Video showing how to start Windows 8 in "Safe Mode with Networking":
Windows 10 users: Click the Windows logo and select the Power icon. In the opened menu click "Restart" while holding "Shift" button on your keyboard. In the "choose an option" window click on the "Troubleshoot", next select "Advanced options". In the advanced options menu select "Startup Settings" and click on the "Restart" button. In the following window you should click the "F5" button on your keyboard. This will restart your operating system in safe mode with networking.
Video showing how to start Windows 10 in "Safe Mode with Networking":
Extract the downloaded archive and run the Autoruns.exe file.
In the Autoruns application click "Options" at the top and uncheck the "Hide Empty Locations" and "Hide Windows Entries" options. After this procedure, click the "Refresh" icon.
Check the list provided by the Autoruns application and locate the malware file that you want to eliminate.
You should write down its full path and name. Note that some malware hides process names under legitimate Windows process names. At this stage, it is very important to avoid removing system files. After you locate the suspicious program you wish to remove, right click your mouse over its name and choose "Delete".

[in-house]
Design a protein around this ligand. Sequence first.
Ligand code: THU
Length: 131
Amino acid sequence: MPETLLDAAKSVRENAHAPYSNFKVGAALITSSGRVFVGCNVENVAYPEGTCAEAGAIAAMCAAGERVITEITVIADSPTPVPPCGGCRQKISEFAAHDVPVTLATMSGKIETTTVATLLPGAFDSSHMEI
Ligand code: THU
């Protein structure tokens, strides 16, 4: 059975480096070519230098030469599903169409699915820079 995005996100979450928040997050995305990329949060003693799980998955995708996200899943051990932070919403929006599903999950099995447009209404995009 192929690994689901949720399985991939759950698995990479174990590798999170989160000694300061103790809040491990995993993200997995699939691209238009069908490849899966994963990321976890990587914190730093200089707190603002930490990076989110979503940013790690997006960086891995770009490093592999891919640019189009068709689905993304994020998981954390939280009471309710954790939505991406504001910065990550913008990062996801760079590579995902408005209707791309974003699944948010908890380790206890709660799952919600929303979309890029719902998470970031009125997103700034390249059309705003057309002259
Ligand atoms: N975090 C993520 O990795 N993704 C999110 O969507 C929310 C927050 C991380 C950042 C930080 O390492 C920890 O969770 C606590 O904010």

After removing the malware through the Autoruns application (this ensures that the malware will not run automatically on the next system startup), you should search for the malware name on your computer. Be sure to enable hidden files and folders before proceeding. If you find the filename of the malware, remove it.
Reboot your computer in normal mode. Following these steps should remove any malware from your computer. Note that manual threat removal requires advanced computer skills. If you do not have these skills, leave malware removal to antivirus and anti-malware programs. These steps might not work with advanced malware infections. As always it is best to prevent infection than try to remove malware later. To keep your computer safe, install the latest operating system updates and use antivirus software.
To be sure your computer is free of malware infections we recommend scanning it with Spyhunter for Windows.